"Re: Central versus institutional self-archiving"
Swan, A., Needham, P., Probets, S., Muir, A., O'Brien, A., Oppenheim,
C., Hardy, R. & Rowland, F. (2004) Delivery, Management and Access
Model for E-prints and Open Access Journals within Further and
> For those publishers who allow posting of the publishers' pdf, the
> administrative hassle is almost zero. A departmental administrator can
> simply ask the author for permission to put it on the website and put
> it up on the archive. It is a lot harder getting many authors to go to
> the trouble of assembling the last version of the paper, incorporating
> the final corrections, running it through Word or TeX and making a pdf
> file. To you or me this may not seem a big deal. To my colleagues? That
> is another story.
First, for current and forward-going literature this is far less of a hassle than
for retro: self-archiving the final, corrected, peer-reviewed draft can simply
become standard procedure, once a systematic and clear self-archiving policy is
formulated and adopted.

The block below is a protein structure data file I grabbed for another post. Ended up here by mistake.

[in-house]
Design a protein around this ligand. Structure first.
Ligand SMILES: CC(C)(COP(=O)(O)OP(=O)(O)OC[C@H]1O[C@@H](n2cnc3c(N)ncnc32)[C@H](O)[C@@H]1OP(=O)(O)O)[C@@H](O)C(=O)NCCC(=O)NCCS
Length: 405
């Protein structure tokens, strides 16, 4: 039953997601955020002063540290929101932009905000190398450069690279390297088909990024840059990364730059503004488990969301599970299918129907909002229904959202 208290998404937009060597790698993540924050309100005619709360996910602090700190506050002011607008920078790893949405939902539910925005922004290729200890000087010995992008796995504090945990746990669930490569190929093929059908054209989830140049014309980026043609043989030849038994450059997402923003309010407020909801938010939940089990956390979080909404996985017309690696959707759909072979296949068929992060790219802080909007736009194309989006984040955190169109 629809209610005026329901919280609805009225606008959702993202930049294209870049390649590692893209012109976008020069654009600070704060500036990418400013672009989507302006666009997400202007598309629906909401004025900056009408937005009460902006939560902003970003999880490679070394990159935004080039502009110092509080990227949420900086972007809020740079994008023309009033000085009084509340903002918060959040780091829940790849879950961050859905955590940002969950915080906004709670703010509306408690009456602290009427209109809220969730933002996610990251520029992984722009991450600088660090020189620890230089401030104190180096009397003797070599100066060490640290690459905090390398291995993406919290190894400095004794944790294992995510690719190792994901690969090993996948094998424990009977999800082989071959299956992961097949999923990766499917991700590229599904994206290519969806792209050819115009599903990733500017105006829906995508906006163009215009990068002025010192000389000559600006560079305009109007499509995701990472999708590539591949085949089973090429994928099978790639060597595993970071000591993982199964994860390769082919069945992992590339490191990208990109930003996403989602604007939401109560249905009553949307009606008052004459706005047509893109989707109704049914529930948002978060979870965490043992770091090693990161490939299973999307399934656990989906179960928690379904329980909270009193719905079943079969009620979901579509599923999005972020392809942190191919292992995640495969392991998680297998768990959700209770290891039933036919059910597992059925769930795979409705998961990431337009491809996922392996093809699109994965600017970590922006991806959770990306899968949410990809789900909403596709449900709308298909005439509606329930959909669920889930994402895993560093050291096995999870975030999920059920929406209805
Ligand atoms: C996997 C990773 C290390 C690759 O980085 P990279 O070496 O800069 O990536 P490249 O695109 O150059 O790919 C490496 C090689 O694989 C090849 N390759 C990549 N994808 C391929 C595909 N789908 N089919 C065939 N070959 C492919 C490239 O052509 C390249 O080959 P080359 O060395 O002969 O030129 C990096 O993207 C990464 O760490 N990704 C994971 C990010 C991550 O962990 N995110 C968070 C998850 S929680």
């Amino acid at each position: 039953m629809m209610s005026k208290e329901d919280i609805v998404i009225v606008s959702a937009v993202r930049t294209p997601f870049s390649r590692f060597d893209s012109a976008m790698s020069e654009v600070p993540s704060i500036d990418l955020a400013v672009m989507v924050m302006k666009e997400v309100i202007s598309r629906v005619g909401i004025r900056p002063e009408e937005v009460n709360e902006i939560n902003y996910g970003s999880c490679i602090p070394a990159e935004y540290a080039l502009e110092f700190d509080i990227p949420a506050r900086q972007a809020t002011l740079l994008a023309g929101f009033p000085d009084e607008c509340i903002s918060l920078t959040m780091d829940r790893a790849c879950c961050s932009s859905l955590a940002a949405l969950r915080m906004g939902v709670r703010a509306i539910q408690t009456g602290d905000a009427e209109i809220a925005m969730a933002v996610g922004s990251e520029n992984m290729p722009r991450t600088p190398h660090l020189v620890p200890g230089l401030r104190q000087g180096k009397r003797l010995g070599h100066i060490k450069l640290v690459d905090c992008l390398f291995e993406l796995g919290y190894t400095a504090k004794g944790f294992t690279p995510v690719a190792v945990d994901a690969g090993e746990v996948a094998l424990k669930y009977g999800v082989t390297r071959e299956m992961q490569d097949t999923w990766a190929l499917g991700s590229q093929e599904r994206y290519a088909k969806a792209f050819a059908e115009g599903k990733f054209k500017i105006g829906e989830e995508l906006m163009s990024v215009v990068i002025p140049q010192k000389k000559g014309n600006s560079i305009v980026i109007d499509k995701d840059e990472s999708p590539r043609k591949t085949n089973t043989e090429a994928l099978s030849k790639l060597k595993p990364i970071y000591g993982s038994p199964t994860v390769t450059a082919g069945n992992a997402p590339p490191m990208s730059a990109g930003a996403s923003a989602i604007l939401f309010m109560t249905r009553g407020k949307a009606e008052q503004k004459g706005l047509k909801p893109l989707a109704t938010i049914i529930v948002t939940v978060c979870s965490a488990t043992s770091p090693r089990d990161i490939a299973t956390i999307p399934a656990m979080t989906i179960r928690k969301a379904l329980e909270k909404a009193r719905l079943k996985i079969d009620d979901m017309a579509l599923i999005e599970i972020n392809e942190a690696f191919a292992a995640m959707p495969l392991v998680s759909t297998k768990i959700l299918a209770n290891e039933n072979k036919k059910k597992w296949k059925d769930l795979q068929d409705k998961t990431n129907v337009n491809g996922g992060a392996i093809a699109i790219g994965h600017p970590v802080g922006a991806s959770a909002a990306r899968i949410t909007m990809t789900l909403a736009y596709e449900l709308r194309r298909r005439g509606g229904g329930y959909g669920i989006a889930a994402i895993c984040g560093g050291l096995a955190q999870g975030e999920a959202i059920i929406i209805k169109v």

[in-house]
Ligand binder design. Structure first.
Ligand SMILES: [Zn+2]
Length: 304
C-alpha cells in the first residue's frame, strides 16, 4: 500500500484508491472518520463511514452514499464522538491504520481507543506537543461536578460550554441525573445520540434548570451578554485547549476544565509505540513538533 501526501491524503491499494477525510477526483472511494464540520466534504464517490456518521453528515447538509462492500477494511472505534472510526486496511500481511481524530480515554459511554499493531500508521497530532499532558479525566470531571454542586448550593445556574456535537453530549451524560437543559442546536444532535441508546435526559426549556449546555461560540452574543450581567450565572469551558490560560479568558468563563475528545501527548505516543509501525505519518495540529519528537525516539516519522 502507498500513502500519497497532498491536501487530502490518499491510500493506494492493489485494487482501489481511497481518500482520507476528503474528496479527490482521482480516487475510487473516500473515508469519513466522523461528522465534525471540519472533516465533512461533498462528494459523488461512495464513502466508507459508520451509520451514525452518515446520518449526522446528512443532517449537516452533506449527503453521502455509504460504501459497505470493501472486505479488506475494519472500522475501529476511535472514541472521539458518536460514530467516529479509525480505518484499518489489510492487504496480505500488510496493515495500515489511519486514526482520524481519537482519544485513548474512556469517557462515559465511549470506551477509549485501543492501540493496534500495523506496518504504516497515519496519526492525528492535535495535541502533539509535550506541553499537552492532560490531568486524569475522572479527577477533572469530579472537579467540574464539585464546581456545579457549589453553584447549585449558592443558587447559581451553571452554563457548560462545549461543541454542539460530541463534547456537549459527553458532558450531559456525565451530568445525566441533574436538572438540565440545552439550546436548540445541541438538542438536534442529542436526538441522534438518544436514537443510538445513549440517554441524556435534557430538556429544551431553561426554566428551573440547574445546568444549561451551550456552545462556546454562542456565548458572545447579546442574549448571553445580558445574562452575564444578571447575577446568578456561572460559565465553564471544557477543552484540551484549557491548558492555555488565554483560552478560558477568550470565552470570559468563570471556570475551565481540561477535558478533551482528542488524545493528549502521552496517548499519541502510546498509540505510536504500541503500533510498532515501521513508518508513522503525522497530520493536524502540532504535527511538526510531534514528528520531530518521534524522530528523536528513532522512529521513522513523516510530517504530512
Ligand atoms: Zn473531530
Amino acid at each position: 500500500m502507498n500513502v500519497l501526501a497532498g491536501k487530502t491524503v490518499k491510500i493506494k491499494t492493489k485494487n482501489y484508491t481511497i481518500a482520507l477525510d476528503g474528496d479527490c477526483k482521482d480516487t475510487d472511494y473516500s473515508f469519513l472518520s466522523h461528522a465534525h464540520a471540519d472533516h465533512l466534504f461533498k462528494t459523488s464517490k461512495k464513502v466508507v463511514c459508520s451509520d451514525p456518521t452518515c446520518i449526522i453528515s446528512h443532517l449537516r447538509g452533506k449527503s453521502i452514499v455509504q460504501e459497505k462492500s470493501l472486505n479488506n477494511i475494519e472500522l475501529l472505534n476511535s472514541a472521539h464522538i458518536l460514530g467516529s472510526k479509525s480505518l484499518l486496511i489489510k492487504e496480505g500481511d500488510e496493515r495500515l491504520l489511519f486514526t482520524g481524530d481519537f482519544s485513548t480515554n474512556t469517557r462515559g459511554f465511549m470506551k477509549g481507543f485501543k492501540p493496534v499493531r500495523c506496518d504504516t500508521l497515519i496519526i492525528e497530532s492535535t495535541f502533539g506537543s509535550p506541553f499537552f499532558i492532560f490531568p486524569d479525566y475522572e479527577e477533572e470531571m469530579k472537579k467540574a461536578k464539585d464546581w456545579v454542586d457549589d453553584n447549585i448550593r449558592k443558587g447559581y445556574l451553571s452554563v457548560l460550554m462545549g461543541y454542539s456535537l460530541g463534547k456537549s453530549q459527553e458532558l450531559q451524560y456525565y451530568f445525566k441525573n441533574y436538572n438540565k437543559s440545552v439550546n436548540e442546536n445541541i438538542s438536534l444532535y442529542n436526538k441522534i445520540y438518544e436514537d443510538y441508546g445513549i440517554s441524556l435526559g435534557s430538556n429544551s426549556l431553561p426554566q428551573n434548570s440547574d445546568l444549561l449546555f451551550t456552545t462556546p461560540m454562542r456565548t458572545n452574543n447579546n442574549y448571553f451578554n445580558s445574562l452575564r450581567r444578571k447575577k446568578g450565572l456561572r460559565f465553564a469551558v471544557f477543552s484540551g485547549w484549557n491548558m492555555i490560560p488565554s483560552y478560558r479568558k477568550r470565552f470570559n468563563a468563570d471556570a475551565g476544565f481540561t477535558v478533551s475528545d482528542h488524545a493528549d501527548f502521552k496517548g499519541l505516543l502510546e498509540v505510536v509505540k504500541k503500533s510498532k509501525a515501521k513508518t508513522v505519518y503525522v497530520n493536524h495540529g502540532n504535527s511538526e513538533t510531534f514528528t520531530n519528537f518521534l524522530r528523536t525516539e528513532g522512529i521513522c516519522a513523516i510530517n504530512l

Besides, the relevant "hassles" to weigh against one another are the hassle of
generating a corrected final draft versus the hassle of having to haggle with the
publisher over PDF rights! In the interests of minimizing unnecessary hassle for
busy and still sluggish self-archivers, I strongly urge making self-archiving of
the corrected final draft mandatory, but the PDF only recommended, and optional.
> A final word on this matter. It would be helpful if those publishers
> who can not see their way to allow posting of recent pdf's would allow
> them to be posted with a lag of, say a year, like MIT Press. There can't
> be much gain in prohibiting posting of old articles. There ought to be
> some room for negotiation here.
This is again a legacy issue (and a low priority one, compared to the primary goal
of reaching 100% immediate OA). Minimize unnecessary negotiation; maximize
Fine to pursue the late PDFs too -- but not as an OA strategy, for OA
is defined as immediate access. Delayed or embargoed access is not OA
at all but just Shulenberger's 1998 NEAR proposal:
"Shulenburger on open access: so NEAR and yet so far"
"Is Embarged Access Open Access?"
"AAAS's Response: Too Little, Too Late"